5 questions for … Dr. Hung Fu Tseng

Hung Fu Tseng, PhD, MPH, is a senior scientist in the Kaiser Permanente Southern California Department of Research & Evaluation and a professor at the Kaiser Permanente Bernard J. Tyson School of Medicine. His research focuses on generating real-world evidence to determine the safety and effectiveness of vaccines. His research has had a significant impact on national vaccination policy and the health of the general population.

What inspired you to pursue research?

Vaccines have reduced or eliminated many diseases that killed or severely disabled people just a few decades ago. If we continue to vaccinate now and vaccinate completely, parents may be able to trust that in the future, their children will no longer be harmed by some of today’s diseases. Public trust in vaccines and vaccination is as essential as the effectiveness of the vaccines themselves. Therefore, generating reliable scientific results to strengthen vaccine confidence and prevent outbreaks of vaccine-preventable diseases is what keeps me pursuing research.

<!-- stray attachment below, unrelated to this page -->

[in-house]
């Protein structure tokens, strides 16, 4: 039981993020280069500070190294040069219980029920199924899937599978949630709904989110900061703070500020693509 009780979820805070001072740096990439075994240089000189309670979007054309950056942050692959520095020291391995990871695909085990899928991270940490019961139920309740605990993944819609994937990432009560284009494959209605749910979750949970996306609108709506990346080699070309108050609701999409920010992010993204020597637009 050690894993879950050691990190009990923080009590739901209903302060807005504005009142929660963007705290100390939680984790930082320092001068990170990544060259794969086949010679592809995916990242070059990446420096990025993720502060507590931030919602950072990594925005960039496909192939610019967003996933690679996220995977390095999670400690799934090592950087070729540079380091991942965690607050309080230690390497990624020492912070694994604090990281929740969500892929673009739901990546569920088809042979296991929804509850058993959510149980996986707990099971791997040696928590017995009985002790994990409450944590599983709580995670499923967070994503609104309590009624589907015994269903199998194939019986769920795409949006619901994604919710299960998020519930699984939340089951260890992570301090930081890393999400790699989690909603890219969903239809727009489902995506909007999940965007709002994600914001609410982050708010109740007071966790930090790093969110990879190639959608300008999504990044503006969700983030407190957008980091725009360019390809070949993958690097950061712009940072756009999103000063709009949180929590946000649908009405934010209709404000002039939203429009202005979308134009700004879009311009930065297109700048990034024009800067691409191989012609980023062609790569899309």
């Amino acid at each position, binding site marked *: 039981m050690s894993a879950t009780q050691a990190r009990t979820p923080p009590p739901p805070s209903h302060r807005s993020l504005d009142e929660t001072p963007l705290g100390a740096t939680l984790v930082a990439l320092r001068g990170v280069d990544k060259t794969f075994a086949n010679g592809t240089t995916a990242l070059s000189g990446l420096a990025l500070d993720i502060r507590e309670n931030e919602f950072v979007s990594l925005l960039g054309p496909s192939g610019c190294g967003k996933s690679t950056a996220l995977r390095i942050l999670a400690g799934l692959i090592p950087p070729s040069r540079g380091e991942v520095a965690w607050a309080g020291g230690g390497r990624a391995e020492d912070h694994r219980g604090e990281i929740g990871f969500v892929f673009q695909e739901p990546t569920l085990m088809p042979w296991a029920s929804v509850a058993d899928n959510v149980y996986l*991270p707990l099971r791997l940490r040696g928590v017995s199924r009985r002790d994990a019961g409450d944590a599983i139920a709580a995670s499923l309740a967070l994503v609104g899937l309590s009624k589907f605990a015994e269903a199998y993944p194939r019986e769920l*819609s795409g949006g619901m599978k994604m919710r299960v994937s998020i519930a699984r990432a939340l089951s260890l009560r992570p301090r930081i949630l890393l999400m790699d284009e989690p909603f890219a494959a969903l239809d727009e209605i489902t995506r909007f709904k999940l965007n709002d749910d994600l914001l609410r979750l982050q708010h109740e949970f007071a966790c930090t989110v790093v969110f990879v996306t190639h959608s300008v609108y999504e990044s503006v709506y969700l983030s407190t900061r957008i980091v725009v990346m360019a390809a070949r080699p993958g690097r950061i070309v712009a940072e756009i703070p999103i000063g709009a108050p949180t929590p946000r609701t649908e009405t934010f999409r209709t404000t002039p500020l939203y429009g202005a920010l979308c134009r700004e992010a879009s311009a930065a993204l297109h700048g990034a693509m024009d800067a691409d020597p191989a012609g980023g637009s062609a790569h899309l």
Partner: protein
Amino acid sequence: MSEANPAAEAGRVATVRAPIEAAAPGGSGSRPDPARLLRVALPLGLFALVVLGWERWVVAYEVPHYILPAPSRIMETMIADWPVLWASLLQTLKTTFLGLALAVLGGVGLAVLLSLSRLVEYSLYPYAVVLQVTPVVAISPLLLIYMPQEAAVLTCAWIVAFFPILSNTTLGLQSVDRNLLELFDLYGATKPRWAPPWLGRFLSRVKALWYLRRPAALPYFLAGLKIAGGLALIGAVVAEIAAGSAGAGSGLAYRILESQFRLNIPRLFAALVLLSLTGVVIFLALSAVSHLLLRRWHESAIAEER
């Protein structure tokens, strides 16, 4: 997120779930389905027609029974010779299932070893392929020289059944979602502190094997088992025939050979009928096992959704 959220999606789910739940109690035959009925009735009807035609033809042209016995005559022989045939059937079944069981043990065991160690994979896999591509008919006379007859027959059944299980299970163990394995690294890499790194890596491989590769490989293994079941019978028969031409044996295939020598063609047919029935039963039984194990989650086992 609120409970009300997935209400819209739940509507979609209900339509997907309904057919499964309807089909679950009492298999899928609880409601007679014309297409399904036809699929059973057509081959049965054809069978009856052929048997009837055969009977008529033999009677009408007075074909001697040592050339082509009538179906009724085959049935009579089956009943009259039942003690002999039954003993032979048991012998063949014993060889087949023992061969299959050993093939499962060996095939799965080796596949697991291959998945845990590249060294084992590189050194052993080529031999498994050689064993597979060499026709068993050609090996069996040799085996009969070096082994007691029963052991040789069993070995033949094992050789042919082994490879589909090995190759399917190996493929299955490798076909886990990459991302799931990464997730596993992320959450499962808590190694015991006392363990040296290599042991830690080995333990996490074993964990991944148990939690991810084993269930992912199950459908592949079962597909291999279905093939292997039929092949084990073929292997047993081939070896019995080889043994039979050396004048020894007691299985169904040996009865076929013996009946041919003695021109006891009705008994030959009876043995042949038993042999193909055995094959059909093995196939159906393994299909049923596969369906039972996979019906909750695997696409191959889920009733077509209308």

You’ve done important work on vaccines during the pandemic. Within that body of work, which findings have been the most important? 

It’s not just findings that have been important. Every step—from protocol development, project management, vaccine delivery and distribution, each timely analysis that can inform vaccination strategy—has been crucial during the pandemic. The findings of waning protection or omicron’s immunity-escape ability both inform the decision of the need for a booster or an updated vaccine.

What research are you conducting now that you are most excited about?

A booster dose of the omicron BA.4/BA.5-adapted bivalent COVID-19 vaccine was authorized for emergency use by the U.S. Food and Drug Administration for ages 5 years and older in fall 2022. We are excited to study whether bivalent booster doses provided additional protection against symptomatic SARS-CoV-2 infection and hospitalization during a period when omicron BA.5 and subsequent variants predominate. The analysis is ongoing, and we are updating the results on a regular basis.

What is next on your research horizon?

I am interested in studying the safety and effectiveness of some newly developed vaccines, like RSV vaccines used in the elderly population or influenza vaccines developed with mRNA platform. Safety and effectiveness of adjuvanted shingles vaccine used in patients with autoimmune conditions are also important topics in our program.

What do you like to do in your spare time while not at work?

I cook sometimes and watch some K-drama when the story is interesting. I like to hike here in Southern California. And I’m constantly reflecting and finding peace in mind.

Image: Dr. Tseng doing sightseeing at Pebble Beach golf course.